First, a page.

House prices have increased again across all capital cities as the perfect storm for Australia’s property market continues to roll out.
Australia’s national median house price has climbed exceptionally close to the million-dollar mark at $955,927 - which is a huge 18.8% increase over the year, or 5.8% over the June quarter, according to Domain’s latest quarterly House Price Report.
In fact, 6 Aussie states have high record highs for their third consecutive quarter, while the other two are again at their highest point in several years.
House prices in Canberra recorded the biggest jump in prices, at 29.2% in just one year, or 10.4% over the June quarter, to a new median of $1.015 million.
The Tasmanian capital of Hobart also saw an impressive jump, with house prices climbing a whopping 28.4% over the year and 6.6% over the June quarter.
Hobart’s median house price now sits at $646,301.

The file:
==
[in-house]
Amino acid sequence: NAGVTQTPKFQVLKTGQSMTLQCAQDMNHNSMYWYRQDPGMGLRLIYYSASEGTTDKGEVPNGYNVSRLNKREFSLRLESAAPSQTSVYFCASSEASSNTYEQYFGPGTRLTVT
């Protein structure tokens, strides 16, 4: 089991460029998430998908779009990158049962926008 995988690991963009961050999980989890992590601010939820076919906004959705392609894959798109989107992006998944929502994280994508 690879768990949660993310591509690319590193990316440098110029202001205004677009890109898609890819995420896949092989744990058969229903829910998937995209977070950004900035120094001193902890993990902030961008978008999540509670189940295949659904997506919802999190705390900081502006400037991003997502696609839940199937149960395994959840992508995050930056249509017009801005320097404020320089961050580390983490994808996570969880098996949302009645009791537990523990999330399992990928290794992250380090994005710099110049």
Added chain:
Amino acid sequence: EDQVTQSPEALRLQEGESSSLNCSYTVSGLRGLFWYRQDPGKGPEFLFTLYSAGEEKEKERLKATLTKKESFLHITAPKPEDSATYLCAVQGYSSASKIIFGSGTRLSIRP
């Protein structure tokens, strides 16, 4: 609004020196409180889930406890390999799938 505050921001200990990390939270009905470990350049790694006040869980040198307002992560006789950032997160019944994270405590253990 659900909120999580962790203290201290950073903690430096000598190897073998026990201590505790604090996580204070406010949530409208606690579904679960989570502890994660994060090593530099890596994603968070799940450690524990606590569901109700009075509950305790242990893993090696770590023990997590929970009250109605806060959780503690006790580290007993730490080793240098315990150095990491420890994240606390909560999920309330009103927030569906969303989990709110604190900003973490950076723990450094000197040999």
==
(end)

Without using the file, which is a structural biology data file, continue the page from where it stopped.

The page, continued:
Sydney’s house prices also continue climbing steeply, with a 24% year-on-year and 8.2% quarter-on-quarter increase to a new median of $1.41 million.
Darwin was another capital city that saw house price increases in the 20s, recording an impressive 22.4% year-on-year and 8.9% quarter-on-quarter price hike to a new median price of $608,519.
The house price surge has been so strong that Australia now has a new most-affordable capital for houses - Perth.
Capital city median house prices for the June quarter
Australia’s unit prices aren’t immune
While units might be seen as a more affordable option for many trying to buy a home, they too have seen surges in prices nationwide.
The national unit price has risen 6.7% over the year, or 2.1% over the past quarter to a new median of $601,482.
Unit prices have increased in Melbourne to a record high and also rose in Canberra and Sydney, where median unit prices are now higher than the median house price in Brisbane, Adelaide, Perth, Hobart, and Darwin, despite their recent rapid gains.
And the price gap between the median-priced house and the median-priced unit in each capital city had never been larger.
Capital city median unit prices for the June quarter
Unit prices marginally softened in Perth and Brisbane over the June quarter, but news that the Olympics will be hosted there in 2032 is expected to reverse years of apartment oversupply and pull up the city’s median.